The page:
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Posted: Jan 13th, 2010
Trying to understand the interaction of nanoparticles with blood
(Nanowerk Spotlight) Emerging nanotechnology applications in the fields of medicine and biology often involve the use of nanoparticles for probing biological processes and structures or for constructing sophisticated nanoscale drug delivery mechanisms. Nanoparticles are already being used with dramatic success in biomedical applications. However, relatively little is known about the potential biological risks from these nanoparticle applications inside the body. Consequently, a vast array of nanoparticles is being introduced into the environment as part of the nanotechnology revolution without regard to the potential toxic nature of these materials. There is no question that these are biologically active materials and it has become an extremely pressing problem to develop physical methods for screening for toxic responses of the promising new materials and for optimizing the medical efficacy.
The identity of nanoparticles in a biological medium, in terms of their interaction with that medium, is largely determined by the proteins that dress the particles. Since many of the toxic and therapeutic uses of nanoparticles involve the introduction of nanoparticles into the bloodstream of humans and other animals, it is particularly important to know how nanoparticles interact with blood proteins.
Although researchers have known that proteins adsorb onto nanoparticles and effect their interaction with the biological environment – such as whether the particles are taken up by cells – they have been lacking a systematic study of how particle size influences the formation of these protein layers. Until now.
New research performed in the Polymers Division at the National Institute of Standards and Technology (NIST) directly addresses this issue and explores the effects of nanoparticle size (5nm to 100nm) and a whole range of important blood proteins. The main findings are that the thickness of the protein layer, the binding constant for the protein-nanoparticle interaction and degree of cooperatively in the protein-nanoparticle binding process all tend to increase with nanoparticle size, the effect saturating when the nanoparticles reach a size on the order of 60-80 nm.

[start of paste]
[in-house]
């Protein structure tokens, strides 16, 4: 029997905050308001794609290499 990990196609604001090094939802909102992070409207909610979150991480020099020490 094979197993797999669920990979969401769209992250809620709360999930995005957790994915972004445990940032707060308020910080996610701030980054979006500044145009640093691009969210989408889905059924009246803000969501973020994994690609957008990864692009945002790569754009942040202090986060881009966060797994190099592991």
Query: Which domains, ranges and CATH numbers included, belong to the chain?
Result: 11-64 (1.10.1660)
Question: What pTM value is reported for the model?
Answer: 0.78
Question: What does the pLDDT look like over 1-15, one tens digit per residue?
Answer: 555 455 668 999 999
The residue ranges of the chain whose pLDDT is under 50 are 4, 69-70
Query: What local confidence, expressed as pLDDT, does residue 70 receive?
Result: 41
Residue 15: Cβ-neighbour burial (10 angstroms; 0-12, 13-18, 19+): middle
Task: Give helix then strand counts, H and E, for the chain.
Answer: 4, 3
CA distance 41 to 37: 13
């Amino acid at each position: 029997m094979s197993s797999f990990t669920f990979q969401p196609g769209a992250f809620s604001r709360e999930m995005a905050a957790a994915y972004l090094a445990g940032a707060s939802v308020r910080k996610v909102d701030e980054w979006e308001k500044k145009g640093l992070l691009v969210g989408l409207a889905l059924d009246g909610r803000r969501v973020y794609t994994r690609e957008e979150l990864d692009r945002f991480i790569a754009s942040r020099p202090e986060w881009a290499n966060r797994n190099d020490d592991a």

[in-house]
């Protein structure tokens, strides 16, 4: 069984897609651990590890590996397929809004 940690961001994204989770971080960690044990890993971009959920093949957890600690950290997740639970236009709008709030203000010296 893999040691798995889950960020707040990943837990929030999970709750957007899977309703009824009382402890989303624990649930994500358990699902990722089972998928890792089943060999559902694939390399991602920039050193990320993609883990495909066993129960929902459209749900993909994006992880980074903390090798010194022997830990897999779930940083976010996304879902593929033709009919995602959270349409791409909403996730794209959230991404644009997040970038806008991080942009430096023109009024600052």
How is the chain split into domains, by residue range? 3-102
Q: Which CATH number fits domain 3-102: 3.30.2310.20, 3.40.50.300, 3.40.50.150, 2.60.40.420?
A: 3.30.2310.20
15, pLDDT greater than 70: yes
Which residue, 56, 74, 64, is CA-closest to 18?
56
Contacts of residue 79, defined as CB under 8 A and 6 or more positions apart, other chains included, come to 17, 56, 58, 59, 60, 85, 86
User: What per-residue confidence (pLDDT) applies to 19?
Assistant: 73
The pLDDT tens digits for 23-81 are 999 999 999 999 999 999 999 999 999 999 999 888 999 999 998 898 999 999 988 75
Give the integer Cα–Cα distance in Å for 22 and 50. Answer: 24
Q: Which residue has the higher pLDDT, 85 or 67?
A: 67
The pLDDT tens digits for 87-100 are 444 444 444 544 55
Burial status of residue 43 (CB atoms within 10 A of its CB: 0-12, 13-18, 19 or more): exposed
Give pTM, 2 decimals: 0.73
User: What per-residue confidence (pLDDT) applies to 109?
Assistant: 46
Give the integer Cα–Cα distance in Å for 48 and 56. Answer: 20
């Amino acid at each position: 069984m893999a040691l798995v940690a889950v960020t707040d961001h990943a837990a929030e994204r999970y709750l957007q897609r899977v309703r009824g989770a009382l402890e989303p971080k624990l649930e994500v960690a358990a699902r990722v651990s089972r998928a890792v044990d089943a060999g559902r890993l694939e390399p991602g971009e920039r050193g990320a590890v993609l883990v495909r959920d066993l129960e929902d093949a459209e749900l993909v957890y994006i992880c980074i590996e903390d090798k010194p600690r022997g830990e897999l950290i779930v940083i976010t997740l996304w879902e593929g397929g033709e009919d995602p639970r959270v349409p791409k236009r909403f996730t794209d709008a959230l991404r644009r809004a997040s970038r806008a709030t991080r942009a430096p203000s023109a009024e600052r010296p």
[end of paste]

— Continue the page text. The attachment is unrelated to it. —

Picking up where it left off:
"Regardless of the blood protein considered, we found a general propensity of the protein-dressed particles to aggregate" Silvia H. De Paoli Lacerda and Jack F. Douglas tell Nanowerk.
Lacerda is a researcher at the Center for Biological Evaluation and Research, Food and Drug Administration and Douglas is a NIST Fellow at NIST's Polymer Division. The two of them led a team of collaborators from the Universities of Maryland and Akton that focused on gold nanoparticles as the natural starting point for understanding nanoparticle-protein interactions. Gold nanoparticles are widely used in nanobiomedical research and, accordingly, the relevant literature is correspondingly vast and growing exponentially.
In order to characterize various aspects of the protein-nanoparticle interaction, the team used a wide range of photophysical techniques, such as absorbance, fluorescence quenching, dynamic light scattering, circular dichroism (CD), and electron microscopy (EM).
Field-emission scanning electron microscopy (FESEM) images of clustered nanoparticle states resulting from different nanoparticle-protein combinations. (A) HSA, (B) HSA with 20 nm diameter gold nanoparticles, (C) HSA with 80 nm diameter gold nanoparticles, (D) fibrinogen, (E) fibrinogen with 20 nm diameter gold nanoparticles, (F) fibrinogen with 80 nm diameter gold nanoparticles, (G) histone (H3) with 80 nm diameter gold nanoparticle, (H) insulin with 80 nm diameter gold nanoparticle, (I) γ-globulin with 80 nm diameter gold nanoparticles. Images presented are representative of at least 20 different regions in each sample. (Reprinted with permission from the American Chemical Society)